296 pp., 6.125 x 9.25, 8 halftones, 1 map, 5 graphs, 5 tables
Paperback ISBN: 978-1-4696-5146-0
Published: June 2019
Hardcover ISBN: 978-1-4696-5145-3
Published: June 2019
eBook ISBN: 978-1-4696-5147-7
Published: April 2019
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The volume contributors are Sophia Rose Arjana, Rose Aslan, Robert R. Bianchi, Omar Kasmani, Azim Malikov, Lewis Mayo, Julian Millie, Reza Masoudi Nejad, Paulo G. Pinto, Babak Rahimi, Emilio Spadola, Edith Szanto, and Brannon Wheeler.
About the Authors
Babak Rahimi is director of the Program for the Study of Religion and associate professor of communication, culture, and religion at the University of California San Diego.
For more information about Babak Rahimi, visit the Author Page.
Peyman Eshaghi is a doctoral student in anthropology and sociology of religion at the University of Chicago.
For more information about Peyman Eshaghi, visit the Author Page.
“This multidisciplinary volume demonstrates how the hajj is impacted in the modern world by commerce, technology, and political concerns. . . . [by] incorporating history, memory, and materiality and a consideration of communication, new media, and space.” --CHOICE
“Fascinating and eclectic. . . . A welcome contribution to the growing theoretical and empirical scholarship on Muslim pilgrimage in English. . . . Rahimi and Eshagi have done a fine job compiling essays that are packed with fresh insights and new ways of thinking about the practices and meanings of Muslim pilgrimages.”--H-Net Reviews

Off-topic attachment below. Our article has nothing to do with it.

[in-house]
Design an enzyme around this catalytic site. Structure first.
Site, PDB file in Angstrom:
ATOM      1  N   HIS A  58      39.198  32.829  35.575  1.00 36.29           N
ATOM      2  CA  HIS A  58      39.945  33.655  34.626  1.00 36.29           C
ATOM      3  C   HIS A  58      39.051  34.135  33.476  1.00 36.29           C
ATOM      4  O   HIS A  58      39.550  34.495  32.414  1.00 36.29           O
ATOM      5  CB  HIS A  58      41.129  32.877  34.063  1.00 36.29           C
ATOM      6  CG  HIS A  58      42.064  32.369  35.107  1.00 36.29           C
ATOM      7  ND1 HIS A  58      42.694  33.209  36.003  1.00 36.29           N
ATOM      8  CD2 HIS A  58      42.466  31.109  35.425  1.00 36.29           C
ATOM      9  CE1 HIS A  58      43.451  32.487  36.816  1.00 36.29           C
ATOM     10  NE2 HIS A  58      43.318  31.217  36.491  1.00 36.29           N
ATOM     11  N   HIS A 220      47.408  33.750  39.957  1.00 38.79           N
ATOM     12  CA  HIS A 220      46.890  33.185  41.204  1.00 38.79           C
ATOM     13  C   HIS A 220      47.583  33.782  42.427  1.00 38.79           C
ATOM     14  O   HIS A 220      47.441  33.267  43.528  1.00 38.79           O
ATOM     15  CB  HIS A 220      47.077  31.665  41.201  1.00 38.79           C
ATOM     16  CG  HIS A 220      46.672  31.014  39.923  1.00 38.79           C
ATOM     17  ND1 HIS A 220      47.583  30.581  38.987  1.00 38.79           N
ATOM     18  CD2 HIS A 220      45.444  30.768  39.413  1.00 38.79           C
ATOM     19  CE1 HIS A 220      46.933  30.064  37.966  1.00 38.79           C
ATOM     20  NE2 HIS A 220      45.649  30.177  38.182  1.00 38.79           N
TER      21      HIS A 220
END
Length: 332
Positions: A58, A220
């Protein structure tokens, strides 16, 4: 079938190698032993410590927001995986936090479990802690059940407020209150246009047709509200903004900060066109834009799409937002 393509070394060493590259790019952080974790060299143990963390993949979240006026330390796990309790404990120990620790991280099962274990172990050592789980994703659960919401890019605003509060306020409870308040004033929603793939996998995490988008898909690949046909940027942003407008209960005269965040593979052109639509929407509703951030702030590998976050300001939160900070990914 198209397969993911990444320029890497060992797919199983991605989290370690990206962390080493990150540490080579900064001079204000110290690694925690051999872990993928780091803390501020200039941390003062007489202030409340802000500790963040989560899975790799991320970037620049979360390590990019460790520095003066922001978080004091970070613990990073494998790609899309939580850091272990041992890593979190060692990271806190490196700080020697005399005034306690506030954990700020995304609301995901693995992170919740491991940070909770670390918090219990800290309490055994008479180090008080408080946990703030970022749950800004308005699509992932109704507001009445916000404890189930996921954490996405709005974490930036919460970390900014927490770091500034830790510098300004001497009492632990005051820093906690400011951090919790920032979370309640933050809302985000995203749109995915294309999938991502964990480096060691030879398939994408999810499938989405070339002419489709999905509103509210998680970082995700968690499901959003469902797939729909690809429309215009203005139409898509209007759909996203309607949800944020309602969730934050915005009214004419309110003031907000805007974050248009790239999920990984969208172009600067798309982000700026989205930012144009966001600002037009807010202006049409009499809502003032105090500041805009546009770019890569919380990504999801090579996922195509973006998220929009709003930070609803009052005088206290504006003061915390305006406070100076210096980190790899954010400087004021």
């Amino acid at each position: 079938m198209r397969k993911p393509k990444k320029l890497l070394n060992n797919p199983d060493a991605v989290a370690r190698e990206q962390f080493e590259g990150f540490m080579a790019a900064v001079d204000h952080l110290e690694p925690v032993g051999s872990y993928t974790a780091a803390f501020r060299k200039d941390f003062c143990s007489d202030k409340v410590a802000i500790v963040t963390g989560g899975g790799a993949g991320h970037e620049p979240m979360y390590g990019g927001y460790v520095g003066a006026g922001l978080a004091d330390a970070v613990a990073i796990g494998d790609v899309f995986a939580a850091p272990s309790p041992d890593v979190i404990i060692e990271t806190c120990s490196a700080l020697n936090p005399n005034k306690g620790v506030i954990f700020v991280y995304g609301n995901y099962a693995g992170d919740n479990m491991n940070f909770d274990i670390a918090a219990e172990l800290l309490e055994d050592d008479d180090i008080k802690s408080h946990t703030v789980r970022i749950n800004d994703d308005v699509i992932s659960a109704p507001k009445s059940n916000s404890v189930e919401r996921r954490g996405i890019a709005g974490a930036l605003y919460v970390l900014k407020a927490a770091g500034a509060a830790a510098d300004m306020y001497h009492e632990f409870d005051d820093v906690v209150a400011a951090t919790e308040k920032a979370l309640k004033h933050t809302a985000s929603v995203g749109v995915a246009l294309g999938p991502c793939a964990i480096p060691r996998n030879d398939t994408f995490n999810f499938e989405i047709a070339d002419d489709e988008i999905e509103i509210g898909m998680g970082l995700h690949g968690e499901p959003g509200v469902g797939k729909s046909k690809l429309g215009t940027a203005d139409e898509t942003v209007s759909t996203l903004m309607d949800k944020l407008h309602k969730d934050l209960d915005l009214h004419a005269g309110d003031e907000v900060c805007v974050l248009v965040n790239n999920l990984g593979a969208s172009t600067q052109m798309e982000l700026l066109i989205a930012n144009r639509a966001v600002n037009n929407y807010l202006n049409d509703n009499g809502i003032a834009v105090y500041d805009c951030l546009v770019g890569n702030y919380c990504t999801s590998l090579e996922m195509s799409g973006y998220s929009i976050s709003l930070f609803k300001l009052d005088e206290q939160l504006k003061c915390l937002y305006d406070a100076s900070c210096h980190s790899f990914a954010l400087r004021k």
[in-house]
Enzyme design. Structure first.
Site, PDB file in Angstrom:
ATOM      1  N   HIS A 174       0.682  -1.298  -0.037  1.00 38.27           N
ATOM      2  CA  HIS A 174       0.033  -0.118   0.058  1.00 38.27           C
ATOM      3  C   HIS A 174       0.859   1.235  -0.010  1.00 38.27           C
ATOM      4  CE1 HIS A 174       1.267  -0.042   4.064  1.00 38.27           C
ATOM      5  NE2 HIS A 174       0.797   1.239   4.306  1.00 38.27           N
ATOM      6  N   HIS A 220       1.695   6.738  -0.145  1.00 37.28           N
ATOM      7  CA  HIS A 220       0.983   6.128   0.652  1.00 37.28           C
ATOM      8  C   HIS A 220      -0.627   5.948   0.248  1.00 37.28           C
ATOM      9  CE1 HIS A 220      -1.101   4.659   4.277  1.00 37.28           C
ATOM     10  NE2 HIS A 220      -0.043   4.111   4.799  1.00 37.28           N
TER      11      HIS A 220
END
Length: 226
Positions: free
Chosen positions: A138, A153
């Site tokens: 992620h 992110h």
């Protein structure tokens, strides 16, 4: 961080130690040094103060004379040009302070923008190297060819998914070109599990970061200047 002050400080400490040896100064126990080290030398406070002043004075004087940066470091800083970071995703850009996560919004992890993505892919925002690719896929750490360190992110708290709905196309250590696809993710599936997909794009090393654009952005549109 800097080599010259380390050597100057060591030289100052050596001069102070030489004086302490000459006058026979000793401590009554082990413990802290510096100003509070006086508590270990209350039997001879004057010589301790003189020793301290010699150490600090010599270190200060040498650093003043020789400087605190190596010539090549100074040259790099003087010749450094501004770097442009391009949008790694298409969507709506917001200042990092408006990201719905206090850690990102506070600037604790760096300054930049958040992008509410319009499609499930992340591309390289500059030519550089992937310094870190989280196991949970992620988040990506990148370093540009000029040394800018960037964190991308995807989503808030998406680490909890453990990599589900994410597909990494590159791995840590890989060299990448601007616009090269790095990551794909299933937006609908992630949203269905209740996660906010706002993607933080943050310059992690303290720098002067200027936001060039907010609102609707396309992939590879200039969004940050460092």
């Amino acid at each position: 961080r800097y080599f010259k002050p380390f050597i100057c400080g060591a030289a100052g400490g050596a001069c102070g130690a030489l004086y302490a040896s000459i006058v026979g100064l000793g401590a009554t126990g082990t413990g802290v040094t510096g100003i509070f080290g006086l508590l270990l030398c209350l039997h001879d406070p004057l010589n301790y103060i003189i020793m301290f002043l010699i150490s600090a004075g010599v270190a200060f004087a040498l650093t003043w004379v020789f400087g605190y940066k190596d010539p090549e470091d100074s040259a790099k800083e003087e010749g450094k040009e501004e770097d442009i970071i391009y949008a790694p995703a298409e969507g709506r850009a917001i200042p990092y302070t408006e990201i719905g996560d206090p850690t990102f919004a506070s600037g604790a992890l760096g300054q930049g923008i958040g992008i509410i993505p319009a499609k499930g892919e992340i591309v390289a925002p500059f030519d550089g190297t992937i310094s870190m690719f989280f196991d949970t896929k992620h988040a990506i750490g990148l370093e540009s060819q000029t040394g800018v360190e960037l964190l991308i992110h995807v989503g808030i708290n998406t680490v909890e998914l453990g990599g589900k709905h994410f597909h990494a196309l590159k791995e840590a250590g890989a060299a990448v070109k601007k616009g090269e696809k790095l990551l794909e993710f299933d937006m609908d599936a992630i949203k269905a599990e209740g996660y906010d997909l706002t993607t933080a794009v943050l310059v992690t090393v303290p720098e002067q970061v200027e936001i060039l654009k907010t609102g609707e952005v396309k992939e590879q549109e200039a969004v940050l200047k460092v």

“Featuring an innovative focus on the notion of ‘embodiment,’ this multidisciplinary volume’s attention to non-Hajj pilgrimage and the aesthetic and material cultures of pilgrimage—as well as to race, gender, class, and nationality—meshes well with issues that pervade the contemporary practices of Muslim pilgrimage. With its coverage of Muslims outside of the wide swath of lands that are traditionally the focus of scholarship on Islam, this book provides a nice glimpse into today’s landscapes where pilgrimage is a daily, normal part of life for many citizens.”—Eric Tagliacozzo, Cornell University
“This thematically organized volume on Muslim practices of religiously substantiated travel goes both far beyond mere descriptions—and far beyond the Hajj. A substantial contribution to a number of fields in the study of Islam.”—Jan-Peter Hartung, University of Goettingen